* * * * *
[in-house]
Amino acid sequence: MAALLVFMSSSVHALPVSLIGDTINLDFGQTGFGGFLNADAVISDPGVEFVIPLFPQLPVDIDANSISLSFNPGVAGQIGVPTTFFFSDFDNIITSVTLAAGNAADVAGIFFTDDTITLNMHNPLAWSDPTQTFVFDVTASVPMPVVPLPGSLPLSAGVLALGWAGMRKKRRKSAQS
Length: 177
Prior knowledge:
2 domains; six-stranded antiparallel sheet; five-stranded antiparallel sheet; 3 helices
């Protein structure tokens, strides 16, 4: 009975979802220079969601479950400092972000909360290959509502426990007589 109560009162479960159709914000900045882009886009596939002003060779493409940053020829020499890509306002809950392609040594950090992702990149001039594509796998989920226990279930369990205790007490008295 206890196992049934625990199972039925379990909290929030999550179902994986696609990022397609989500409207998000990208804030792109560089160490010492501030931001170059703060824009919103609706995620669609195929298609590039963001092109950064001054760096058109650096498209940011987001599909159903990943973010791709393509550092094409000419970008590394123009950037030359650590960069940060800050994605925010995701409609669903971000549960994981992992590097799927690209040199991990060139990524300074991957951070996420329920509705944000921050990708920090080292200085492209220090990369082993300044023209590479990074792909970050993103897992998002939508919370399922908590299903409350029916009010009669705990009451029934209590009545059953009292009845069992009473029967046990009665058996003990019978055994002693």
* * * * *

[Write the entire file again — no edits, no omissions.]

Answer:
[in-house]
Amino acid sequence: MAALLVFMSSSVHALPVSLIGDTINLDFGQTGFGGFLNADAVISDPGVEFVIPLFPQLPVDIDANSISLSFNPGVAGQIGVPTTFFFSDFDNIITSVTLAAGNAADVAGIFFTDDTITLNMHNPLAWSDPTQTFVFDVTASVPMPVVPLPGSLPLSAGVLALGWAGMRKKRRKSAQS
Length: 177
Prior knowledge:
2 domains; six-stranded antiparallel sheet; five-stranded antiparallel sheet; 3 helices
């Protein structure tokens, strides 16, 4: 009975979802220079969601479950400092972000909360290959509502426990007589 109560009162479960159709914000900045882009886009596939002003060779493409940053020829020499890509306002809950392609040594950090992702990149001039594509796998989920226990279930369990205790007490008295 206890196992049934625990199972039925379990909290929030999550179902994986696609990022397609989500409207998000990208804030792109560089160490010492501030931001170059703060824009919103609706995620669609195929298609590039963001092109950064001054760096058109650096498209940011987001599909159903990943973010791709393509550092094409000419970008590394123009950037030359650590960069940060800050994605925010995701409609669903971000549960994981992992590097799927690209040199991990060139990524300074991957951070996420329920509705944000921050990708920090080292200085492209220090990369082993300044023209590479990074792909970050993103897992998002939508919370399922908590299903409350029916009010009669705990009451029934209590009545059953009292009845069992009473029967046990009665058996003990019978055994002693």